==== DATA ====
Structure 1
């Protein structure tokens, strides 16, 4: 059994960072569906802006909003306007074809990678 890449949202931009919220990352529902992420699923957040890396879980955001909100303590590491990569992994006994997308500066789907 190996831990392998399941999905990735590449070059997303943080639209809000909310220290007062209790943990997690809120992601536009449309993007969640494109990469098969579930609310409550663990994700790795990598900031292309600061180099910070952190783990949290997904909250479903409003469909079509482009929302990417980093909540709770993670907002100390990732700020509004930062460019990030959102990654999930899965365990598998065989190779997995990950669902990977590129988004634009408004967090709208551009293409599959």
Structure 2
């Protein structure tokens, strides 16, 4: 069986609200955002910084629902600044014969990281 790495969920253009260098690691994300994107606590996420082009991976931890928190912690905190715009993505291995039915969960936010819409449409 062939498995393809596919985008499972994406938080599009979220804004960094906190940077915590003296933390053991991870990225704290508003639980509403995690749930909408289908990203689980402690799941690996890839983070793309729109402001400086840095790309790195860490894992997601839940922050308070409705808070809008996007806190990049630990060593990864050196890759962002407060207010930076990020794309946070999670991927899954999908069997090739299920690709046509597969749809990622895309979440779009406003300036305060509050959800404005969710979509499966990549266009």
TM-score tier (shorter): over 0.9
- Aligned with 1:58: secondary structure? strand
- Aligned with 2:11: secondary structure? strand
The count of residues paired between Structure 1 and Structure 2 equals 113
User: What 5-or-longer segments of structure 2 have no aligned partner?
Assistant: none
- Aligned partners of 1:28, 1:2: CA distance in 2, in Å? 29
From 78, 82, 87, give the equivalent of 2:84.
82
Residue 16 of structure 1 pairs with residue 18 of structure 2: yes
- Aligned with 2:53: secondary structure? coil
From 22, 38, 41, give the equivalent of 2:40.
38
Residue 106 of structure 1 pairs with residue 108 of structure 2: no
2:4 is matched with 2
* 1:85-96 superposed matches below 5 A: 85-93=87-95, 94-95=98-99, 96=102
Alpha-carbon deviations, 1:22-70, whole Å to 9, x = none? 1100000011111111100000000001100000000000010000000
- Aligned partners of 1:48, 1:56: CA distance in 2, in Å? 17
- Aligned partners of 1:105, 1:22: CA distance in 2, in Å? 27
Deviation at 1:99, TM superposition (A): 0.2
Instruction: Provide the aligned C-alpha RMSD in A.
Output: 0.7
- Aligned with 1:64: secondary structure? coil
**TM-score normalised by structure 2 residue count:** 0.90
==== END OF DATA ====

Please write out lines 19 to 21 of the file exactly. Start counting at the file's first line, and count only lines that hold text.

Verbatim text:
2:4 is matched with 2
* 1:85-96 superposed matches below 5 A: 85-93=87-95, 94-95=98-99, 96=102
Alpha-carbon deviations, 1:22-70, whole Å to 9, x = none? 1100000011111111100000000001100000000000010000000